Tennesseans strongly support ‘Tennessee Promise’ higher ed initiative

MURFREESBORO, Tenn. — The “Tennessee Promise” community college initiative enjoys strong support from a large majority of Tennesseans, according to the latest statewide MTSU Poll.

Gov. Bill Haslam’s plan, which makes two-year community colleges and technical schools free for recent high school graduates, has been cited as inspiration for a similar proposal at the federal level. Tennessee’s program launches with the high school Class of 2015.

The poll found that 79 percent of Tennesseans approve of the program. Only 12 percent oppose it, 8 percent aren’t sure, and the rest gave no answer.
“While the overall support is very high, a deeper look inside the numbers shows less enthusiasm among Republicans,” said Jason Reineke, associate director of the poll at Middle Tennessee State University.

Since President Barack Obama’s State of the Union address a few weeks ago, proposals to provide free community college have been front and center in the national conversation regarding higher education.

Haslam’s program, which is one plan that Obama says he used as a basis for his proposal, enjoys overwhelming support in the state. But that support is significantly stronger among Democrats and independents than among the governor’s fellow Republicans.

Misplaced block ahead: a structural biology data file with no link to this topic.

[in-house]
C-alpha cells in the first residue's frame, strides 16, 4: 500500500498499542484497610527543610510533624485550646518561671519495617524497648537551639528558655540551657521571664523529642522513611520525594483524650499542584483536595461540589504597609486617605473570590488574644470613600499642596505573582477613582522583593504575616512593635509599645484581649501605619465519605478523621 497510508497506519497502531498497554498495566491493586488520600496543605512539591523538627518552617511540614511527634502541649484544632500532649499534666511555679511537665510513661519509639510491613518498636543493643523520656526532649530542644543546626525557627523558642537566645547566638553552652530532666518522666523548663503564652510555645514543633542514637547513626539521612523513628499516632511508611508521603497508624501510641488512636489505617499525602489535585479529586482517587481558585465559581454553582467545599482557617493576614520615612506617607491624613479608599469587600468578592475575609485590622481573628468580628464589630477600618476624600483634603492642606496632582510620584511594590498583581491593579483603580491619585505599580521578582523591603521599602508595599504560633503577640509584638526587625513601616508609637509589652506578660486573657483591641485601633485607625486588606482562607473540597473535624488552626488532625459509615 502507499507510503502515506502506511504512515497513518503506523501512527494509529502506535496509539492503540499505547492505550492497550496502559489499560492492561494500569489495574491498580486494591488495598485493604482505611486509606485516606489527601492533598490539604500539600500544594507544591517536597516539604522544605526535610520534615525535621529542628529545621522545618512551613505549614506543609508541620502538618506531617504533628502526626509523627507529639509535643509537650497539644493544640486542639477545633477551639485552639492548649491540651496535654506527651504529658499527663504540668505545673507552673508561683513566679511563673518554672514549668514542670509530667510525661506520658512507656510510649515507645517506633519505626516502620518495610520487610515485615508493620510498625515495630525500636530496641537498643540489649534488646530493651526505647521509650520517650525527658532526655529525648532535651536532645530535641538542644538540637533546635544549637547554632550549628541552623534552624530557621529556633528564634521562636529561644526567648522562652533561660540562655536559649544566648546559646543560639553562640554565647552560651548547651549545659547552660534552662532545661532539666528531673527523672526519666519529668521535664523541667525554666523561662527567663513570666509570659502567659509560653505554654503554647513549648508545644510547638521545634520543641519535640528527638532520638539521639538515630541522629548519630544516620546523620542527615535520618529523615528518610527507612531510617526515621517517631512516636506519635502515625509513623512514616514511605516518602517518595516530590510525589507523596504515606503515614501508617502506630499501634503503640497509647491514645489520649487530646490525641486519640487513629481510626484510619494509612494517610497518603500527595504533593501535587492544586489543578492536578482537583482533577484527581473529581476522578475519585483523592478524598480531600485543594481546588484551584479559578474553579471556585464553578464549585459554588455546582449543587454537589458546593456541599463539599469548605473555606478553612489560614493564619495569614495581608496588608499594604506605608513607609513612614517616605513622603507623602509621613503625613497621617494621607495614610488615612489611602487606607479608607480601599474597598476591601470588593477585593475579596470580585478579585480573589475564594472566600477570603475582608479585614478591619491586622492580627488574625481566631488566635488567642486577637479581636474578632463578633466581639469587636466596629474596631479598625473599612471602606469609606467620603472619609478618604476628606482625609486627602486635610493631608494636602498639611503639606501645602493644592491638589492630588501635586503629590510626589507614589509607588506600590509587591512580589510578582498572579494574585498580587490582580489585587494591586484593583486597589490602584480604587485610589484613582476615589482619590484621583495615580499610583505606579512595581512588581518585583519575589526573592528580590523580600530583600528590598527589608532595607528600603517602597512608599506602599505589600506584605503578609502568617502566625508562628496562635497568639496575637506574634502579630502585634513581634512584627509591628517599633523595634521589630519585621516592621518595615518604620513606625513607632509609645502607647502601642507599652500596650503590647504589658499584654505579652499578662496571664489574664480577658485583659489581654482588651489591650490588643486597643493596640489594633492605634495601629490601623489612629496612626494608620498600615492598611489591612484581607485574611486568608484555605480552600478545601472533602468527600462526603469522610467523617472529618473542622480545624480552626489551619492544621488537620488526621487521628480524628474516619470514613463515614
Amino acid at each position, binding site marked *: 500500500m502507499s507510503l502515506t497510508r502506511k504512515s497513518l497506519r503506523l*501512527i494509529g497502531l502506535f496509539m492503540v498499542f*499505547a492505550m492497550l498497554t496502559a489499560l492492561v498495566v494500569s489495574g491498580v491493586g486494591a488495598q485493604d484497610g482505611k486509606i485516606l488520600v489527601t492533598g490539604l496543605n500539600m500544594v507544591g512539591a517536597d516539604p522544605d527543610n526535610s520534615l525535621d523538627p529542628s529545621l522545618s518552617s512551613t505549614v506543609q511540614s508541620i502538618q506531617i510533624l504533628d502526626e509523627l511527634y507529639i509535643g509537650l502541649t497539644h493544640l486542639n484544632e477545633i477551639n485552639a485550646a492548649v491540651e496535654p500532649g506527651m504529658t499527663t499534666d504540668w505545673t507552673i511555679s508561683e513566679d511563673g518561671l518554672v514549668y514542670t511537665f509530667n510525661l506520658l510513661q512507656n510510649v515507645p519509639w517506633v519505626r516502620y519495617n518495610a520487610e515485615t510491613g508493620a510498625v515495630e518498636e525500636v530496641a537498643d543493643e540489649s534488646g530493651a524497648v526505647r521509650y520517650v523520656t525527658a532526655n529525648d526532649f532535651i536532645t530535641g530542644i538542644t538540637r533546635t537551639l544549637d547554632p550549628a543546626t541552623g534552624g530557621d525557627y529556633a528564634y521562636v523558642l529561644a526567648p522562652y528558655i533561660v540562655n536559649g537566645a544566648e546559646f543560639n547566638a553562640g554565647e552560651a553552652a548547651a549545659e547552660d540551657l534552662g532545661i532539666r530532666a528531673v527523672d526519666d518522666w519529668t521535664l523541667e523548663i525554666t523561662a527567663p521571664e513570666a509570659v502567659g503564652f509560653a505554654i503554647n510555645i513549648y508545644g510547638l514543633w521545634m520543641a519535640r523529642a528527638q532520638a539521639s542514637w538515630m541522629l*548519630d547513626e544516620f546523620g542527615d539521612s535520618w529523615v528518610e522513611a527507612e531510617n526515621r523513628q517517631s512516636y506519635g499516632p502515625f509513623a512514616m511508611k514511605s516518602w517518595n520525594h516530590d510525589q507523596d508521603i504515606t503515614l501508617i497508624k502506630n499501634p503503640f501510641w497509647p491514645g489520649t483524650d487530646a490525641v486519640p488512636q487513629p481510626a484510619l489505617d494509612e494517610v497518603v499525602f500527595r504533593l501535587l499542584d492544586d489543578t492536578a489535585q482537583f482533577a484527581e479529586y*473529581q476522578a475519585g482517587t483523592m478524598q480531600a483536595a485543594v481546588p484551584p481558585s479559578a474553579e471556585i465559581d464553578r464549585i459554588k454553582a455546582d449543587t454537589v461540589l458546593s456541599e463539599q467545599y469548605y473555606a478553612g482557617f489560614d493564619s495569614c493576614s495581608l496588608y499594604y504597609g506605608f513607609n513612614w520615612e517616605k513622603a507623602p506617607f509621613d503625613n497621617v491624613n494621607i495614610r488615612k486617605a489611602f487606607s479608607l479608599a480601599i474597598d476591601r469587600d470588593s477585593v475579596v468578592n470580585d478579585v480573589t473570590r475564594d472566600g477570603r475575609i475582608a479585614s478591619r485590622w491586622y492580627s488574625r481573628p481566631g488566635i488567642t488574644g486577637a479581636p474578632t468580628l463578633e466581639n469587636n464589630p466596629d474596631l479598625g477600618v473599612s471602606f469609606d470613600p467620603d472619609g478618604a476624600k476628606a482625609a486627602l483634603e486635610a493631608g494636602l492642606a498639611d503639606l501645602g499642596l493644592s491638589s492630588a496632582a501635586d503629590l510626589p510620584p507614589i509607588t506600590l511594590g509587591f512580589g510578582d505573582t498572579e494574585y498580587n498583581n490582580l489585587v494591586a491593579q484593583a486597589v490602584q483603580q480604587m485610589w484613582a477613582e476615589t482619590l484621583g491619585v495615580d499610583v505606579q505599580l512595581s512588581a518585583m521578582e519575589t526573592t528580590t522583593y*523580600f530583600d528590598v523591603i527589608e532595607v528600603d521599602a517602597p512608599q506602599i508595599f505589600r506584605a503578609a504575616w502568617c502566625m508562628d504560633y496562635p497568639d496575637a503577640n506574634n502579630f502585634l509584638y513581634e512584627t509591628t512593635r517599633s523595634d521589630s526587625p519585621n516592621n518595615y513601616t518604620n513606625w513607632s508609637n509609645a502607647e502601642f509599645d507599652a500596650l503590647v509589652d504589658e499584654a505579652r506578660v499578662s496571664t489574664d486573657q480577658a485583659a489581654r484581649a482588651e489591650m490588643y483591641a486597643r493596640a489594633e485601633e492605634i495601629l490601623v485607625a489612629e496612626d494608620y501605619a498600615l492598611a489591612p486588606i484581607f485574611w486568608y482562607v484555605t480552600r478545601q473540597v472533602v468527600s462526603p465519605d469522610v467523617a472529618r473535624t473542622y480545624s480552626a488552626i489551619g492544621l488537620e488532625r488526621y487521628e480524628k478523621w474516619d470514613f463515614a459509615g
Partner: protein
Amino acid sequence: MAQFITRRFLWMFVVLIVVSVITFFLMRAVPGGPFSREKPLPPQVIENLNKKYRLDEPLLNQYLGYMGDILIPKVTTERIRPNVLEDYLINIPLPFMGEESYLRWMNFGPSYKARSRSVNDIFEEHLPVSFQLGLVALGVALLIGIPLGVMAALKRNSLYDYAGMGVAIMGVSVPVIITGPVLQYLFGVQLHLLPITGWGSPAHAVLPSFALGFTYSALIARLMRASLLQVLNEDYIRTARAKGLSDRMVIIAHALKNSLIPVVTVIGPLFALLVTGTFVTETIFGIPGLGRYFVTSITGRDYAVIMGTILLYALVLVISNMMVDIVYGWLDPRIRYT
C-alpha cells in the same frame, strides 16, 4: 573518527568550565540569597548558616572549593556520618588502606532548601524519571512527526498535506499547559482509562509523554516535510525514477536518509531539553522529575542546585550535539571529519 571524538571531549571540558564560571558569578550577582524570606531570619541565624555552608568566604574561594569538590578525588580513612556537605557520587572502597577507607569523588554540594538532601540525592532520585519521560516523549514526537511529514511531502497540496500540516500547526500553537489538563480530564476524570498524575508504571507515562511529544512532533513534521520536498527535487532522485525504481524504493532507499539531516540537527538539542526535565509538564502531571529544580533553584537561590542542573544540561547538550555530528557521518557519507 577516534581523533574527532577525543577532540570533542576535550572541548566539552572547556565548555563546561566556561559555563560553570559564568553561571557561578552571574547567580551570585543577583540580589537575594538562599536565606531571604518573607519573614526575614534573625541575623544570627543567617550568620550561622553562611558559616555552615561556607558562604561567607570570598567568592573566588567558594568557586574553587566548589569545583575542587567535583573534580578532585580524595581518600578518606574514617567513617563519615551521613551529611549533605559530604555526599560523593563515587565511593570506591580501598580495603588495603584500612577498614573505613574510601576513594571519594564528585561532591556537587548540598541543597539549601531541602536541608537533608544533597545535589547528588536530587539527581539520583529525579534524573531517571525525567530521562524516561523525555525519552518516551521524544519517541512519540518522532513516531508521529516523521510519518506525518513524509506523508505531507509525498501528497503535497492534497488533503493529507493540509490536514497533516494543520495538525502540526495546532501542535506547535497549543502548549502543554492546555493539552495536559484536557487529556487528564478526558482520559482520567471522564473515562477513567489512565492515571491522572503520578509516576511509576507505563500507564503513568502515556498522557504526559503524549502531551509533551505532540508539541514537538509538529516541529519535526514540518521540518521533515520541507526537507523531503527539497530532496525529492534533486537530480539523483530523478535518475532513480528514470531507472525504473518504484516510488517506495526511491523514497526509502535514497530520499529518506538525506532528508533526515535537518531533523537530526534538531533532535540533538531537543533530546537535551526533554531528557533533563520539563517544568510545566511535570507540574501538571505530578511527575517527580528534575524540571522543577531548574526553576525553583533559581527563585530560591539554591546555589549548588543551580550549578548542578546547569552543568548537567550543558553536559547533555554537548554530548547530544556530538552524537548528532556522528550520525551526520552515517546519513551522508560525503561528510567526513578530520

Ninety percent of Democrats favor the program, as do 82 percent of independents. But a significantly lower 70 percent of Republicans express support.
Find previous MTSU Poll results at www.mtsupoll.org.


Interviews for the poll were conducted by Issues & Answers Network Inc., which completed 600 telephone surveys among a random sample of Tennessee residents aged 18 and over.

Data was collected using Tennessee statewide RDD sample with a mix of 80 percent landline and 20 percent cell phones. The average interview length was 13 minutes.
Quotas by gender and geographic region were implemented to ensure the sampled respondents were representative of Tennessee’s adult population. U.S. Census Bureau data were used to determine the gender distribution each of Tennessee’s Grand Divisions: East, Middle, and West.

The survey’s margin of error is +/- 4 percentage points, meaning that we are 95 percent confident that the actual result lies within 4 percentage points (in either direction) of the result our sample produced.

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